Toby Erickson (130 kg, Army/WCAP) got back to his winning ways, as well. Erickson scored a dominant tech fall over Stepan David (CZE) to open up his morning. In the proceeding bout, two-time World University Champion Balint Lam (HUN) employed a pattern of front-headlocks to spin-behind’s to rack up the points en-route to what had to have been a frustrating tech fall loss for Erickson. But much like Bey, Erickson dusted himself off in style. Arata Sonoda (JPN), who has appeared on US shores before, most recently at the Dave Schultz Memorial in February, provided a stiff worker for Erickson to battle with, but the WCAP wrestler kept to his game nicely, emerging with a clean 2-0 medal-clinching victory.

Jesse Porter (75 kg, NYAC-OTS) probably would have liked to get some more matches in but he’ll have to settle for third place just the same. Porter fell to Japan’s Soh Sakabe 2-1 in a tactical battle. Due to a limited number of competitors at this weight, Porter did not have a wrestle-off for bronze.


  • Ben Provisor (85 kg, NYAC, world no. 20) almost earned a trip to the podium. Provisor won his first bout, lost his second to Viktor Lorincz (HUN, world no. 4) on two passivity points, defeated teammate Kevin Radford (Sunkist) via criteria 2-2, and then fell in the medal round 10-0 to Ivan Huklek (CRO).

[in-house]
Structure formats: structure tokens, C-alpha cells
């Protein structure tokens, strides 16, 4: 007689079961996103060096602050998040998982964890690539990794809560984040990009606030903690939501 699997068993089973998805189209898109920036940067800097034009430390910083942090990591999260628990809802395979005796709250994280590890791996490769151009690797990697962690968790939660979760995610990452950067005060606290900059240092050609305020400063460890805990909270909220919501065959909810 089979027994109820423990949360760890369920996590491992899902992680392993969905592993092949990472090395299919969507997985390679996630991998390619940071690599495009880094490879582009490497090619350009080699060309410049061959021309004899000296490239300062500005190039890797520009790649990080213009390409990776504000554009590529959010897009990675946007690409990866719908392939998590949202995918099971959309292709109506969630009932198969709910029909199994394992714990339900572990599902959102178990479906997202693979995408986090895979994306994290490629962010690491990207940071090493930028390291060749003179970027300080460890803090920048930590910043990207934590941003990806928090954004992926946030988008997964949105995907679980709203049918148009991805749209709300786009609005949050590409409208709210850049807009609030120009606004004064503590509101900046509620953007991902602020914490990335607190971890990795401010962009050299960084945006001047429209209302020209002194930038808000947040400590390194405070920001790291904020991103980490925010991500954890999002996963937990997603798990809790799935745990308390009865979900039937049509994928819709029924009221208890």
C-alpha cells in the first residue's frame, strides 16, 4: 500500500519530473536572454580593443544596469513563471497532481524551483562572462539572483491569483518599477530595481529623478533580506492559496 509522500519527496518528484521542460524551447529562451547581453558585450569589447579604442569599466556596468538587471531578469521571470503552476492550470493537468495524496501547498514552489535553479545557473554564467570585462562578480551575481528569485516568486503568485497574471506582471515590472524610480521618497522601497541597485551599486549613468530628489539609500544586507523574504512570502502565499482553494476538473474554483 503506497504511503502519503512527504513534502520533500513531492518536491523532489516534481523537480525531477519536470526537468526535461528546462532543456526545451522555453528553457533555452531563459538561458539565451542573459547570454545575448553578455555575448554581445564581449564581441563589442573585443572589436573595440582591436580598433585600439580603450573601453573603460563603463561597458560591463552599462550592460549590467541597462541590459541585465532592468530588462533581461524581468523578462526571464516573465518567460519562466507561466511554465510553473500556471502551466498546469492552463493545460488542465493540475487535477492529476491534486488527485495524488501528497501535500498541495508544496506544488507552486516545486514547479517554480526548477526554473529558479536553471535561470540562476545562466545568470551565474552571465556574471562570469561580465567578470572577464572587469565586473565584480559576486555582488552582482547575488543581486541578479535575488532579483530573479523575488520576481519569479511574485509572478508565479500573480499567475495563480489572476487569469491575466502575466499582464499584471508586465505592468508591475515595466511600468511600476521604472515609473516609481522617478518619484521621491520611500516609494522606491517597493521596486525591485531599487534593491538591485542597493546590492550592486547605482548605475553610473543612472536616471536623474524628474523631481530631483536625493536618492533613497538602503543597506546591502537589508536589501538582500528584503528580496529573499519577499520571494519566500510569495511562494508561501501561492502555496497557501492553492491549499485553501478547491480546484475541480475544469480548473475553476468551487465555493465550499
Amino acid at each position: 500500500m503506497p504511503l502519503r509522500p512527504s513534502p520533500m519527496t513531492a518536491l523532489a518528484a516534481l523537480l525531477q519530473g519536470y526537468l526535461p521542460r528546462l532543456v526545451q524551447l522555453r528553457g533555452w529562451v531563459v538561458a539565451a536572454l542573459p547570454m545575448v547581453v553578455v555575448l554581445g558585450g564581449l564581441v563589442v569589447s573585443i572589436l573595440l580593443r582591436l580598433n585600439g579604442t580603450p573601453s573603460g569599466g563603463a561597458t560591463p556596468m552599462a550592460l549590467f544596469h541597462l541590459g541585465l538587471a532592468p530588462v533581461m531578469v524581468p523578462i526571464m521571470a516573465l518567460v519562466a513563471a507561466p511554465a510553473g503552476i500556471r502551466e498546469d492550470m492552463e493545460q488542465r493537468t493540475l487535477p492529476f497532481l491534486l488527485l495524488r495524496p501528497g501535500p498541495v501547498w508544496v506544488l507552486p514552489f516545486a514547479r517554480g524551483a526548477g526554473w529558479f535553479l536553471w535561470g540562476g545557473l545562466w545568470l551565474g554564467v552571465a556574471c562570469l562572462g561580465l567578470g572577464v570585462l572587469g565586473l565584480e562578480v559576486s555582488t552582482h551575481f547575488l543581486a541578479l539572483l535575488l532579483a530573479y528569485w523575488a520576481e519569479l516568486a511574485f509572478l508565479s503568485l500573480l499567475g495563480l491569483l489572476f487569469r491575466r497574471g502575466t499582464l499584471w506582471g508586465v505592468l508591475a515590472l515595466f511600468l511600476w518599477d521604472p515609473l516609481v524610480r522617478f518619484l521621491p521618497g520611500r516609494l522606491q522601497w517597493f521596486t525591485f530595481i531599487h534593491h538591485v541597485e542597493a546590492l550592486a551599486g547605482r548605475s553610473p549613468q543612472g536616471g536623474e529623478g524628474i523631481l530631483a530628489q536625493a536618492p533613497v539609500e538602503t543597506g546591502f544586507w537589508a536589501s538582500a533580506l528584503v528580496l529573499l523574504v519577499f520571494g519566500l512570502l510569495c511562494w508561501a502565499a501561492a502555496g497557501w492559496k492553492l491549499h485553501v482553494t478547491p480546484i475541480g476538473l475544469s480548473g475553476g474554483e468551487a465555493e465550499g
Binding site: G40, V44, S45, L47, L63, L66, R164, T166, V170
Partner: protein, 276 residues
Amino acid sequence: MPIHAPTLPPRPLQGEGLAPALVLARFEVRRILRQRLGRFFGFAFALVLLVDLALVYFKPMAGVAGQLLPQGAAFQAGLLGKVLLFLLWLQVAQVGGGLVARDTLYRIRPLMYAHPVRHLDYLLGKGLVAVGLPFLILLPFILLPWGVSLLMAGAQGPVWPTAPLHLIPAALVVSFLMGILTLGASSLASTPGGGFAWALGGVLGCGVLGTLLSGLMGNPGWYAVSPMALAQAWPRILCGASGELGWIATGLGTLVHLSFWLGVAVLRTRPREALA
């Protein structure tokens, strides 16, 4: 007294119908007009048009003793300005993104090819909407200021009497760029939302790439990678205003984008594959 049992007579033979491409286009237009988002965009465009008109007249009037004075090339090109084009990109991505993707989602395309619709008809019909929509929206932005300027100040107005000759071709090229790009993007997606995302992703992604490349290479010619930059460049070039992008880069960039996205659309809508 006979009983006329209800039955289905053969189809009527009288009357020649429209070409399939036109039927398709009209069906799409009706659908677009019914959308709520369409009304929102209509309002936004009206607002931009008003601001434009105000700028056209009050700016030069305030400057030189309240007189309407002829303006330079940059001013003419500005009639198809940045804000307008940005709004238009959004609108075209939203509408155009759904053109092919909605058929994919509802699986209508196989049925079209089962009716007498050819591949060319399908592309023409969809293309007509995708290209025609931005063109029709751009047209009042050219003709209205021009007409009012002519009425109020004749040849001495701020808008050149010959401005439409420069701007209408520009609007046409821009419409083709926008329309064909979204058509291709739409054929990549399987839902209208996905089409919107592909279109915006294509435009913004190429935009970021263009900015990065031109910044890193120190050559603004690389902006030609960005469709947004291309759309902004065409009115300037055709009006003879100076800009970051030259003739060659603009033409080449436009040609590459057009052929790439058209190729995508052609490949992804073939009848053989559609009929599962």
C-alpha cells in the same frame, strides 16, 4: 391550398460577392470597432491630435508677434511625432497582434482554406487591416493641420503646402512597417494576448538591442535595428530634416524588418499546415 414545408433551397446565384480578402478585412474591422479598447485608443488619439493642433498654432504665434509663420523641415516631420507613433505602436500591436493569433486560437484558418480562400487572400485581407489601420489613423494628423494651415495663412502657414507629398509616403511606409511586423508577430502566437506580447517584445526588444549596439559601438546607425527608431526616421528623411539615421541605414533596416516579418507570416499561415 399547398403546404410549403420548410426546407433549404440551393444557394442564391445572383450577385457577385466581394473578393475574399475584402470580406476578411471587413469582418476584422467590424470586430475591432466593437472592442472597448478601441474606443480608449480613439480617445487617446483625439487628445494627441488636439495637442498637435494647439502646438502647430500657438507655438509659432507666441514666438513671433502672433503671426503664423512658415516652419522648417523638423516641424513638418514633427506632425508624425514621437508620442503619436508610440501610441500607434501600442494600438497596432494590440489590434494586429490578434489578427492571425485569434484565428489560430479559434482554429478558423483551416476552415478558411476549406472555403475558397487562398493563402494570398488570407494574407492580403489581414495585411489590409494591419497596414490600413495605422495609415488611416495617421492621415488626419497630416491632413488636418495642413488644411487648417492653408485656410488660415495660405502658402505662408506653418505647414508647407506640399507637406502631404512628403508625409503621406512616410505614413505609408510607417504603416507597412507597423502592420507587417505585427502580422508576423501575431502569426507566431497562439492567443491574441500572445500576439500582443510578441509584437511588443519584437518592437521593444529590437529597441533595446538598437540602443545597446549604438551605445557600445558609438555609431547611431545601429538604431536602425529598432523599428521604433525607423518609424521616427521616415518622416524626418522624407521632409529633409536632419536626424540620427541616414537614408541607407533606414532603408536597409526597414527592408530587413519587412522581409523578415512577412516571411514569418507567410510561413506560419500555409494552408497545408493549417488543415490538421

• So did Hayden Zillmer (98 kg, Minnesota Storm, world no. 19). Zillmer tech’ed out Donde Pesut (SRB) before losing to Daniel Gastl (AUT) 5-1. He came back with a nice victory over Felix Radinger (GER) 5-3. In the hunt for bronze, 2014 World University Champion Ivan Nemeth (HUN) turned back the Storm competitor 3-1.
  • Popular US Greco-Roman veteran and 216 US National Champion Cheney Haight (80 kg, NYAC) went 2-2 on the day, making it to the bronze medal match.
  • 2016 Junior World bronze medalist G’Angelo Hancock (98 kg, NYAC, world no. 18) was impressive against 2014 Spanish Grand Prix gold medalist Adam Varga, earning a 5-1 win. Things didn’t go as smoothly in the next round for the 19-year old star, as he dropped a 12-4 technical fall to 2016 World University bronze medalist Ilya Borisov (RUS).
  • Team USA was missing five wrestlers who appeared last week — Hayden Tuma (59 kg, Army/WCAP), Ellis Coleman (66 kg, Army/WCAP), Patrick Smith (71 kg, Minnesota Storm), Patrick Martinez (80 kg, NYAC), and Robby Smith (130 kg, NYAC). As reported previously, Tuma endured an impacted wisdom tooth last week while Coleman had his shoulder injured by Edgaras Venckaitis (LTU). Patrick Smith returned to Sweden for coursework responsibilities. Martinez and Robby Smith were held out of competition today due to what are thus far, undisclosed reasons.

We will be live-blogging the finals with Alex Sancho on Twitter and providing an event recap later, so be sure to check back! If you’d like to watch the finals live, just click here.